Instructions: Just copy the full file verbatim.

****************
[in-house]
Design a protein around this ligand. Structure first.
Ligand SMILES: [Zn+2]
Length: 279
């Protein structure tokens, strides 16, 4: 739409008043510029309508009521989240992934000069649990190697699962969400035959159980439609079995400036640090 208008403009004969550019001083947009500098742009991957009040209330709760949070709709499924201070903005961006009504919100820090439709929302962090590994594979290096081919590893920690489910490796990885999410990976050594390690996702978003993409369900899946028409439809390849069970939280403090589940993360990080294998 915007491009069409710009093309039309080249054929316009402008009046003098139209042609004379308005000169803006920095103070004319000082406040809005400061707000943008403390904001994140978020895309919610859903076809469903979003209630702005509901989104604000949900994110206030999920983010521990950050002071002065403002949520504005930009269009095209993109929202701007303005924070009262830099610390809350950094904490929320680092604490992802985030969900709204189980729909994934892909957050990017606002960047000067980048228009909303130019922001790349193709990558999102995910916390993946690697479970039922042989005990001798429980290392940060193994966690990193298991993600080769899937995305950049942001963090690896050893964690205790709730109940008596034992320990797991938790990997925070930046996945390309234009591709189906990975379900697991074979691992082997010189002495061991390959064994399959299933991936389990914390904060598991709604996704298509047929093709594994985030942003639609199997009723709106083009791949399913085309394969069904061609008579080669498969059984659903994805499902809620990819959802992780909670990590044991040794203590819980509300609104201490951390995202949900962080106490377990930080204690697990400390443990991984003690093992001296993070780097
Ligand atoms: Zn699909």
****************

[in-house]
Design a protein around this ligand. Structure first.
Ligand SMILES: [Zn+2]
Length: 279
């Protein structure tokens, strides 16, 4: 739409008043510029309508009521989240992934000069649990190697699962969400035959159980439609079995400036640090 208008403009004969550019001083947009500098742009991957009040209330709760949070709709499924201070903005961006009504919100820090439709929302962090590994594979290096081919590893920690489910490796990885999410990976050594390690996702978003993409369900899946028409439809390849069970939280403090589940993360990080294998 915007491009069409710009093309039309080249054929316009402008009046003098139209042609004379308005000169803006920095103070004319000082406040809005400061707000943008403390904001994140978020895309919610859903076809469903979003209630702005509901989104604000949900994110206030999920983010521990950050002071002065403002949520504005930009269009095209993109929202701007303005924070009262830099610390809350950094904490929320680092604490992802985030969900709204189980729909994934892909957050990017606002960047000067980048228009909303130019922001790349193709990558999102995910916390993946690697479970039922042989005990001798429980290392940060193994966690990193298991993600080769899937995305950049942001963090690896050893964690205790709730109940008596034992320990797991938790990997925070930046996945390309234009591709189906990975379900697991074979691992082997010189002495061991390959064994399959299933991936389990914390904060598991709604996704298509047929093709594994985030942003639609199997009723709106083009791949399913085309394969069904061609008579080669498969059984659903994805499902809620990819959802992780909670990590044991040794203590819980509300609104201490951390995202949900962080106490377990930080204690697990400390443990991984003690093992001296993070780097
Ligand atoms: Zn699909």